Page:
By Father John P. Cush, STD
For the last two Sundays, we were reading from John’s Gospel, from chapters that were relatively early on in his Gospel. Many scripture scholars divide John’s Gospel into two sections, with chapters 1-11 being the Book of Signs and chapters 12-24 being the Book of Glory. In the first book, we see the Lord Jesus revealing gradually by his deeds and words that he is the Chosen Christ of God. Each of the signs he performs, from the wedding feast at Cana in the second chapter to the raising of Lazarus in the eleventh chapter, forces the people of Jesus’ day and each of us who read this Gospel to make a choice in our lives — either this man is who he is, the Christ, or he is a madman, a fraud, and a liar.
The second part of John’s Gospel is traditionally described as the Book of Glory, which is, at its essence, an extended passion narrative. The story of the last few days of the life of Christ. Today’s reading is taken from John’s twelfth chapter, a midway point between these two books. Some scripture and patristic scholars have described it as “the Book of Humiliation,” where the Incarnation of God humbles himself to wash the dirty, filthy feet of his disciples. And that is where we encounter Christ in today’s Gospel, right before the Last Supper. Note that the Lord Jesus is speaking not to his fellow Jews but to Greeks, foreigners — a sign that the Kingdom of God is meant for all those who, through Christ, are grafted on the House of Israel.
He tells them the truth about what will happen to him over the next few days — that he will suffer and die, and indeed, so too will all those who graft their vine onto his in this new Tree of Life in the Kingdom of God, which is so ready to burst forth in its abundant growth.
With this in mind, a question: How willing are we, in our daily lives, in our particular vocations, to speak to the “Greeks” of our days, women and men of good faith (or even of no faith) about the Christ of God, Jesus our Lord and his Way, which is truth and life?
How willing are we to suffer the embarrassment in our families, our work, our communities to describe the wonders that the Lord Christ has done for us? Do we realize that, in some circles in our modern age, if we are to speak of Christ, and if we are to live for Christ in all aspects of our lives, we will be called to be martyrs, to die to ourselves? In an essay released on April 10, 2019, entitled “The Church and the Scandal of Sexual Abuse,” Pope-Emeritus Benedict XVI sagely notes:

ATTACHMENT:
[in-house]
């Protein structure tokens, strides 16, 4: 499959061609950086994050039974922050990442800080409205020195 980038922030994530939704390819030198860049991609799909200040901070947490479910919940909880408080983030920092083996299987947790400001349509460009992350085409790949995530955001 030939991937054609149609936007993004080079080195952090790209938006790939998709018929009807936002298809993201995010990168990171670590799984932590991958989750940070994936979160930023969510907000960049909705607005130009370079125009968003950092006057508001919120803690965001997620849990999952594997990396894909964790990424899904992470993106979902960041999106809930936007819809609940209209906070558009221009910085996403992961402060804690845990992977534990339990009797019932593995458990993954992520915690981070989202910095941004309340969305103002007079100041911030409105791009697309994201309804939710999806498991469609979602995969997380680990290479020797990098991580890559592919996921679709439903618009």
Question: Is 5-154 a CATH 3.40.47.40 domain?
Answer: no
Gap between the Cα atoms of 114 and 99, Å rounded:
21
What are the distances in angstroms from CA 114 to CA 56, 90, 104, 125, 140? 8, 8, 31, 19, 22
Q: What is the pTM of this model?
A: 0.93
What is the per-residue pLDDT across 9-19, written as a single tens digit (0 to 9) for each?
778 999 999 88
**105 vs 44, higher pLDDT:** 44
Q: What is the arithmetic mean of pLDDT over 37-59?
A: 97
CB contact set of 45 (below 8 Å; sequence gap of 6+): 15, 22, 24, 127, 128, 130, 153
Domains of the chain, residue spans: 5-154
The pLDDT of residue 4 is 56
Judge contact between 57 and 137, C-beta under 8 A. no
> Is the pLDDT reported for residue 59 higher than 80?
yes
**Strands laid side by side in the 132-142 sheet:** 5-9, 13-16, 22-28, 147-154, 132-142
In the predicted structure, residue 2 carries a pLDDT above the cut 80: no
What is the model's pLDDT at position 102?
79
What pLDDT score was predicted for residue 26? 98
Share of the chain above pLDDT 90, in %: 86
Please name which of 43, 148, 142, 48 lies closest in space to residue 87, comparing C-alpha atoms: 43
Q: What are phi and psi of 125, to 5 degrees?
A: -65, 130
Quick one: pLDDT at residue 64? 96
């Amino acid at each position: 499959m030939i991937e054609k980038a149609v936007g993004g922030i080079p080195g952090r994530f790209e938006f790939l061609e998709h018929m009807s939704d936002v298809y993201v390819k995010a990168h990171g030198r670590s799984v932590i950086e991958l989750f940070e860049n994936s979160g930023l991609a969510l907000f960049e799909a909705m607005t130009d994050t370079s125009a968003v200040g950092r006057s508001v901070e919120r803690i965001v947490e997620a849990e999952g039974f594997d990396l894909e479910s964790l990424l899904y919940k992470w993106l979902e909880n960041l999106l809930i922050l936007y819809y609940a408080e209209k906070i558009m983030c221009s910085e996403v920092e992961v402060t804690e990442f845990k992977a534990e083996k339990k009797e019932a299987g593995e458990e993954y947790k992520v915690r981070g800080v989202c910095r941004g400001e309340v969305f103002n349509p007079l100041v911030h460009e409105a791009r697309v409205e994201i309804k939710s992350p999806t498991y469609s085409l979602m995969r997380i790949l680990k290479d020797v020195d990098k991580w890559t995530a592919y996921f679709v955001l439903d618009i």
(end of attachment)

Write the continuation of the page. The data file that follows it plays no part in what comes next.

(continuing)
“It is very important to oppose the lies and half-truths of the devil with the whole truth: Yes, there is sin in the Church and evil. But even today there is the Holy Church, which is indestructible. Today there are many people who humbly believe, suffer and
love, in whom the real God, the loving God, shows Himself to us. Today God also has His witnesses (martyres) in the world. We just have to be vigilant in order to see and hear them.
“The word martyr is taken from procedural law. In the trial against the devil, Jesus Christ is the first and actual witness for God, the first martyr, who has since been followed by countless others. “Today’s Church is more than ever a ‘Church of the Martyrs’ and thus a witness to the living God.”
If we are to be Christian in the world today, we will suffer daily martyrdoms. Most likely, our martyrdoms will not be physical but subtler. We see it played out in the last acceptable prejudice, anti-Catholicism, and in a broader sense, in this secularist society that pervades.
Still, we are called to engage with the “Greeks,” those who are searching for the Lord Christ in spirit and truth, knowing full well that our encounters may not go well. May the embarrassment, the awkwardness, the discomfort we might suffer never scare or deter us from speaking the truth of the suffering, dying, and yet risen Christ.
Readings for Fifth Sunday of Lent
Psalm 51:3-4, 12-13, 14-15
Father Cush is the Academic Dean of the Pontifical North American College in Rome, and professor at the Pontifical Gregorian University and the Pontifical University of Santa Croce, also in Rome.